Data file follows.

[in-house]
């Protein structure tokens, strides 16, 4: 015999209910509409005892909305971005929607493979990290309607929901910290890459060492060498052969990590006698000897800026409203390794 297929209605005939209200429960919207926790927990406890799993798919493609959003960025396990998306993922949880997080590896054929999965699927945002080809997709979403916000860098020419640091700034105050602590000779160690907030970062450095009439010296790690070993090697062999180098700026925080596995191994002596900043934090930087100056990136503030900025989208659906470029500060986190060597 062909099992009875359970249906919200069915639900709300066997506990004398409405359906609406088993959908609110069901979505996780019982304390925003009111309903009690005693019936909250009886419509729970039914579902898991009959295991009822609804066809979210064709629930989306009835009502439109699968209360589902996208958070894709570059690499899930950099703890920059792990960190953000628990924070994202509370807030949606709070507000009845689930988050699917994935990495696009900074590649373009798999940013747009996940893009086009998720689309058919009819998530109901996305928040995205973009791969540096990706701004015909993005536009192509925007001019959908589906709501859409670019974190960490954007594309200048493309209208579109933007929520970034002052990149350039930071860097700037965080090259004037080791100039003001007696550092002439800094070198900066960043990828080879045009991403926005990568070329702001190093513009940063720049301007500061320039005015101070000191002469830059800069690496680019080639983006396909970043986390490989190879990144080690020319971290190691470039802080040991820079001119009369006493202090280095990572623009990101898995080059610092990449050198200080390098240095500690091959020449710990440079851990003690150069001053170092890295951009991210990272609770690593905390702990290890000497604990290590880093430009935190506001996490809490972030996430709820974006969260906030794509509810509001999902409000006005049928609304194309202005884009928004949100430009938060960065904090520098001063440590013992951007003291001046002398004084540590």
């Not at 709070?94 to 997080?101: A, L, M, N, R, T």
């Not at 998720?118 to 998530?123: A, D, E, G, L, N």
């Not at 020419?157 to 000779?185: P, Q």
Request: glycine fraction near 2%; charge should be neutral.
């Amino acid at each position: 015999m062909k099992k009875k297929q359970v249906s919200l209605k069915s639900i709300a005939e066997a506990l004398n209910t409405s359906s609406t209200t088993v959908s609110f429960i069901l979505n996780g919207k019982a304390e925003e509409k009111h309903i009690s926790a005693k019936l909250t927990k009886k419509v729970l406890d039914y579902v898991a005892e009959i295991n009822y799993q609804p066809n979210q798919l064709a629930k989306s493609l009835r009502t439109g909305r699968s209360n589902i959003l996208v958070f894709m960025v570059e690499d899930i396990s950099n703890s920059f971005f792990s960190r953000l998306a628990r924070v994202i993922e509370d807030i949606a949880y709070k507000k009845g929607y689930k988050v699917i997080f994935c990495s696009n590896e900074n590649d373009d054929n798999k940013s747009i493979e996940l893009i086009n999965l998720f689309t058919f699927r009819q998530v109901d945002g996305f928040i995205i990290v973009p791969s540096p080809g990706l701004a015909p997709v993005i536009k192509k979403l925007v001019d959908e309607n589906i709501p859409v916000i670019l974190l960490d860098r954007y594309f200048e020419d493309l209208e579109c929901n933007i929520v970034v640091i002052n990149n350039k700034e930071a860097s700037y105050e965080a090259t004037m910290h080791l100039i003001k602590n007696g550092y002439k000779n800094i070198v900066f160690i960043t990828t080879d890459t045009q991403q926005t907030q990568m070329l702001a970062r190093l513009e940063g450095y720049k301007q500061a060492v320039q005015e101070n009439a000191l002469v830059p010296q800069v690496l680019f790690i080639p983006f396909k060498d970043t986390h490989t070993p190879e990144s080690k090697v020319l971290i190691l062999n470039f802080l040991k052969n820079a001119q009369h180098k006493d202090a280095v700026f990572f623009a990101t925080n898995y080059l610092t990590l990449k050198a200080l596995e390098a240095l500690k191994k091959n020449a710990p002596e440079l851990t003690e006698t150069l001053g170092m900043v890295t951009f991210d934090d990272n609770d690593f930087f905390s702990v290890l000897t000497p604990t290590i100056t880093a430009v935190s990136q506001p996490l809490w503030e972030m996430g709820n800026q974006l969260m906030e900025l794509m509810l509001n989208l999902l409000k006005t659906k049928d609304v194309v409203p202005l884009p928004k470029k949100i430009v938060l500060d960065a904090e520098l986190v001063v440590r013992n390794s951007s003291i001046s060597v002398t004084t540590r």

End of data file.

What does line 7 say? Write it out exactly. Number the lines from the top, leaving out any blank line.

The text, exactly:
């Amino acid at each position: 015999m062909k099992k009875k297929q359970v249906s919200l209605k069915s639900i709300a005939e066997a506990l004398n209910t409405s359906s609406t209200t088993v959908s609110f429960i069901l979505n996780g919207k019982a304390e925003e509409k009111h309903i009690s926790a005693k019936l909250t927990k009886k419509v729970l406890d039914y579902v898991a005892e009959i295991n009822y799993q609804p066809n979210q798919l064709a629930k989306s493609l009835r009502t439109g909305r699968s209360n589902i959003l996208v958070f894709m960025v570059e690499d899930i396990s950099n703890s920059f971005f792990s960190r953000l998306a628990r924070v994202i993922e509370d807030i949606a949880y709070k507000k009845g929607y689930k988050v699917i997080f994935c990495s696009n590896e900074n590649d373009d054929n798999k940013s747009i493979e996940l893009i086009n999965l998720f689309t058919f699927r009819q998530v109901d945002g996305f928040i995205i990290v973009p791969s540096p080809g990706l701004a015909p997709v993005i536009k192509k979403l925007v001019d959908e309607n589906i709501p859409v916000i670019l974190l960490d860098r954007y594309f200048e020419d493309l209208e579109c929901n933007i929520v970034v640091i002052n990149n350039k700034e930071a860097s700037y105050e965080a090259t004037m910290h080791l100039i003001k602590n007696g550092y002439k000779n800094i070198v900066f160690i960043t990828t080879d890459t045009q991403q926005t907030q990568m070329l702001a970062r190093l513009e940063g450095y720049k301007q500061a060492v320039q005015e101070n009439a000191l002469v830059p010296q800069v690496l680019f790690i080639p983006f396909k060498d970043t986390h490989t070993p190879e990144s080690k090697v020319l971290i190691l062999n470039f802080l040991k052969n820079a001119q009369h180098k006493d202090a280095v700026f990572f623009a990101t925080n898995y080059l610092t990590l990449k050198a200080l596995e390098a240095l500690k191994k091959n020449a710990p002596e440079l851990t003690e006698t150069l001053g170092m900043v890295t951009f991210d934090d990272n609770d690593f930087f905390s702990v290890l000897t000497p604990t290590i100056t880093a430009v935190s990136q506001p996490l809490w503030e972030m996430g709820n800026q974006l969260m906030e900025l794509m509810l509001n989208l999902l409000k006005t659906k049928d609304v194309v409203p202005l884009p928004k470029k949100i430009v938060l500060d960065a904090e520098l986190v001063v440590r013992n390794s951007s003291i001046s060597v002398t004084t540590r």